This third tip requires you to watch a 60 second YouTube video here. Parent often want to talk with me about boundaries and consequences. There are numerous possibilities, but the best one to use comes at the end of this video.
Have you ever tried to calmly address an issue with your child? And suddenly find yourself in a heated argument about something that has nothing to do with what you were initially trying to achieve. Going off on a tangent or changing the topic is a great
Happy New Year! Thank you to everyone for their kind words of both support and constructive criticism of the newsletters and videos I have created over the past year or so. I’ve had a few people ask if I could give some practical tips that work. I’ve also had feedback that people particularly like it
“W.A.I.T.ing”: In their own time
I took my cautious 5 year-old son to a BMX track recently. He was keen to be there, but for the first few minutes he just stood and watched the other kids zipping around the track. I felt like calling out, “Go on mate”, but I kept my mouth shut.
“What we obtain too cheaply, we esteem too lightly” Thomas Paine (1737-1809)
Many children get lots of things without much effort. If you look through bedrooms or playrooms, you will probably find many items that have been not treated with respect.
It is common in my practice when talking with a young person to hear that they have been bullied. The experience of being bullied produces doubts about whether they are safe enough, good enough or whether they will get enough. And the emotions produced include fear, anger and emptiness responses (reptile brain) as well as insecurity and demoralisation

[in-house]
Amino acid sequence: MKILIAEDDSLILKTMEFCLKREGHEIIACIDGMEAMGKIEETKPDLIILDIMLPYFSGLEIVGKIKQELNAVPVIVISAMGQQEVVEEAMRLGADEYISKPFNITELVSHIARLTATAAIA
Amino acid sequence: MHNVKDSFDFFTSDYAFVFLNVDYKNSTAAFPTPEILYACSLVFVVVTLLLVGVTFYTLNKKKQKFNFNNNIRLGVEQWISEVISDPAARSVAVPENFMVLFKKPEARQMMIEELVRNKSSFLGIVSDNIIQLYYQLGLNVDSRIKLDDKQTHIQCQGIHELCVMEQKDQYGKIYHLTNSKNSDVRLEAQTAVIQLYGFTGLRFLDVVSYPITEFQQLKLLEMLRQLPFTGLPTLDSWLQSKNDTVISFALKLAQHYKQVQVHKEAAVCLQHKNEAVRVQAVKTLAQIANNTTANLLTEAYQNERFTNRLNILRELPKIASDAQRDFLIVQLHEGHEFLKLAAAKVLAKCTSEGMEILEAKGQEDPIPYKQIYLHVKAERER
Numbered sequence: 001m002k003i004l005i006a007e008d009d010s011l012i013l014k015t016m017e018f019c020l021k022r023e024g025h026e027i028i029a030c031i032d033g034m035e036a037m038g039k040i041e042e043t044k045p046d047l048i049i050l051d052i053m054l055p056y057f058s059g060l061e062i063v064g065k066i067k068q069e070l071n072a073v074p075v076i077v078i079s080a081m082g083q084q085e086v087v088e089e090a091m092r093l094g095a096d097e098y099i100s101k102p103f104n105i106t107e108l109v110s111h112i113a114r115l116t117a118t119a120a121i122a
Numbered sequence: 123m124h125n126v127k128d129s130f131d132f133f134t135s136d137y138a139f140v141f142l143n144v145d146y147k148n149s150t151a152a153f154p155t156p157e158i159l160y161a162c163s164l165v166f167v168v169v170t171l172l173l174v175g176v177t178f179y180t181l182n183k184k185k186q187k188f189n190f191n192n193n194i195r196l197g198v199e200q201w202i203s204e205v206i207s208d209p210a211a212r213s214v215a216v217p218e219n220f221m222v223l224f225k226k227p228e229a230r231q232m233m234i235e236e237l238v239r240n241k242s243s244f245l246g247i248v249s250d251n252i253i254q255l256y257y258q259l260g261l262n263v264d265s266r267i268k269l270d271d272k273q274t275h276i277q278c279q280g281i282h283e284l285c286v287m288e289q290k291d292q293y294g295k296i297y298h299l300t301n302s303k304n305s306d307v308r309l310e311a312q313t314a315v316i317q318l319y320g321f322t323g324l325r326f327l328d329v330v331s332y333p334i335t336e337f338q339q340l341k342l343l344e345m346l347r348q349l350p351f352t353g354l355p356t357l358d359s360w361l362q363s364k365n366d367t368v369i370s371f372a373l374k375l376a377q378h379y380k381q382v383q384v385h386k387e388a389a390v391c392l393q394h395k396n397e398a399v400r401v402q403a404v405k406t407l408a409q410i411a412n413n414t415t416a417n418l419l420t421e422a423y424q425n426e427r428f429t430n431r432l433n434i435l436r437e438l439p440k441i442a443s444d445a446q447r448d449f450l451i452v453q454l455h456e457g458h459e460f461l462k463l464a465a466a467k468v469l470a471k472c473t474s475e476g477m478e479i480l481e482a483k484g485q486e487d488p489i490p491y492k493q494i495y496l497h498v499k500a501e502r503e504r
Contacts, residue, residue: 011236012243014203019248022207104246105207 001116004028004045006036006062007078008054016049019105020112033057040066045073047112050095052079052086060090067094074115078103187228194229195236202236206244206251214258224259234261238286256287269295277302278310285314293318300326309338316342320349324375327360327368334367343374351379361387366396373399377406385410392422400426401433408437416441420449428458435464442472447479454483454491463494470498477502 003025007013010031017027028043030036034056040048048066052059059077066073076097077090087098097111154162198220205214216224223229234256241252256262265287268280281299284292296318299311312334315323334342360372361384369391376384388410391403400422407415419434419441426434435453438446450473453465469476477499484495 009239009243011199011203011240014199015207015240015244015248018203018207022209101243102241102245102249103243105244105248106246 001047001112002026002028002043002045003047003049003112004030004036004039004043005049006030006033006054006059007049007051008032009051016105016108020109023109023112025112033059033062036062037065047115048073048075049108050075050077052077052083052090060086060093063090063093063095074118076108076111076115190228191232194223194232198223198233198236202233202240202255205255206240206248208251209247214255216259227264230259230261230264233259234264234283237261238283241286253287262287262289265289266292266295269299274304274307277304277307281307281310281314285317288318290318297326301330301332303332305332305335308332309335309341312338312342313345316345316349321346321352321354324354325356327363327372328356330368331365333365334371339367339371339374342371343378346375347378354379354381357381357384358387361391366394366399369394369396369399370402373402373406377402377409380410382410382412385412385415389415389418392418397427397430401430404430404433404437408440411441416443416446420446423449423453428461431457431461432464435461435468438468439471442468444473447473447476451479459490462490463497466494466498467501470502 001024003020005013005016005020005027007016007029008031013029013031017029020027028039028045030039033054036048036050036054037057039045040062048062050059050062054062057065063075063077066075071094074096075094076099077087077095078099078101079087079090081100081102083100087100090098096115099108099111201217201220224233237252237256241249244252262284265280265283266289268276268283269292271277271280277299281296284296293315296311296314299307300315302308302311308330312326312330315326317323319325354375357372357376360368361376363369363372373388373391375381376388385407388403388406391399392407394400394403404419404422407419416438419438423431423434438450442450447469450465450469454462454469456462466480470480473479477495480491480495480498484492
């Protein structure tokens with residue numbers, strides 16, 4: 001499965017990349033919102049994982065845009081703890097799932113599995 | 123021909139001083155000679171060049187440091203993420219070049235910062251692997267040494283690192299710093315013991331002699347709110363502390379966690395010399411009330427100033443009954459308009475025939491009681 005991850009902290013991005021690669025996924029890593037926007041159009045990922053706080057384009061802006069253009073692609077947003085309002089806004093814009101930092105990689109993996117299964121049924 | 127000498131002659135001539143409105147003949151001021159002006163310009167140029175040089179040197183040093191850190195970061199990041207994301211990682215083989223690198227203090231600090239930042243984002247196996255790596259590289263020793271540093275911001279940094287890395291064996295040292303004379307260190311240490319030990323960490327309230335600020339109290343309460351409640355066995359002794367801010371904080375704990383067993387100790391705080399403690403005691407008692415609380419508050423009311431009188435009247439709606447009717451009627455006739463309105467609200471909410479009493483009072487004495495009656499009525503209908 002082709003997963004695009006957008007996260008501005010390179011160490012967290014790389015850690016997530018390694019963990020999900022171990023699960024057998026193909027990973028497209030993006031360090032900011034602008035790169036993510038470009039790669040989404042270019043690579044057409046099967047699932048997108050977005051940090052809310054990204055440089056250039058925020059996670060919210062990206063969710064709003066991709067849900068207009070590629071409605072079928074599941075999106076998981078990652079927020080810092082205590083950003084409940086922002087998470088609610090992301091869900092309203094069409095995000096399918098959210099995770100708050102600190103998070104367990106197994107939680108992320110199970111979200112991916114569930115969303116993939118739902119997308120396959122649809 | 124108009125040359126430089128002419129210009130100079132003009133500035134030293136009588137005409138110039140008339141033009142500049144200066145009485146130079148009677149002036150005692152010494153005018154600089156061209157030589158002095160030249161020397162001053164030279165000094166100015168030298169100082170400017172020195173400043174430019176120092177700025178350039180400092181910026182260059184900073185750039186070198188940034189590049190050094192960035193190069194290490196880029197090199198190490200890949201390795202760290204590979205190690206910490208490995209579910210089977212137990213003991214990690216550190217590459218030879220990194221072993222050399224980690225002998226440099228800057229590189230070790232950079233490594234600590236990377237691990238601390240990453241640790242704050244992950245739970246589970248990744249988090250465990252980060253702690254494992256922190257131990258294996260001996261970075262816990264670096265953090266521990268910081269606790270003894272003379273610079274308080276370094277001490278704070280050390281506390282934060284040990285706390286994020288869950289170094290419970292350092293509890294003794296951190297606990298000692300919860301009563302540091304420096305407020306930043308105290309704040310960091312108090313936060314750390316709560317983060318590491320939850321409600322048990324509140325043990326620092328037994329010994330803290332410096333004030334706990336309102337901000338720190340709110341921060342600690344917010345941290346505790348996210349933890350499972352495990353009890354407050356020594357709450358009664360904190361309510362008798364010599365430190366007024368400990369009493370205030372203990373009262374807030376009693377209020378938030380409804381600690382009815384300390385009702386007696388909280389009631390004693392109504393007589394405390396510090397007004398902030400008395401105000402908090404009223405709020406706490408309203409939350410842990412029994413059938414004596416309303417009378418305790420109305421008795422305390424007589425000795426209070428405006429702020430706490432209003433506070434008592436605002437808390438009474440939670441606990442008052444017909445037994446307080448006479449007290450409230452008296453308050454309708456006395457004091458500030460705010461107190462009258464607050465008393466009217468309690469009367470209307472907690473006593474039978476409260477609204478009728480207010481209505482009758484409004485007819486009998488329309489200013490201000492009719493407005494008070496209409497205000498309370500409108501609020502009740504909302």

Unity is important; “I” is ok, but “we” is stronger.
Your love for your child is personal (“I love you”). But when it comes to boundaries, “we” is a better option. Saying no to a child’s request usually leads to disappointment.
The younger a child is, the more they tend to focus on only one part of a problem, and the more certain they are that they are right. One of our roles as a parent is to gently but firmly help our kids be evenhanded and discover there are two sides to most things.
Vanessa and I have just sent the manuscript for “The Good Enough Teacher” to our wonderful editor Miriam Cannell, so hopefully it will be coming out this year sometime. Thanks to all who have given feedback on the initial drafts, or who attended the teacher seminars and gave feedback. It didn’t happen over night…but it did happen.
Someone recently asked me about “time out” and whether I thought it was useful. Like many of my answers, it began with “It depends…”
Time out is a particularly useful option if you or your child have fully flipped your lid. If fear / anger have taken over, then the reptile / survival brain is running the show.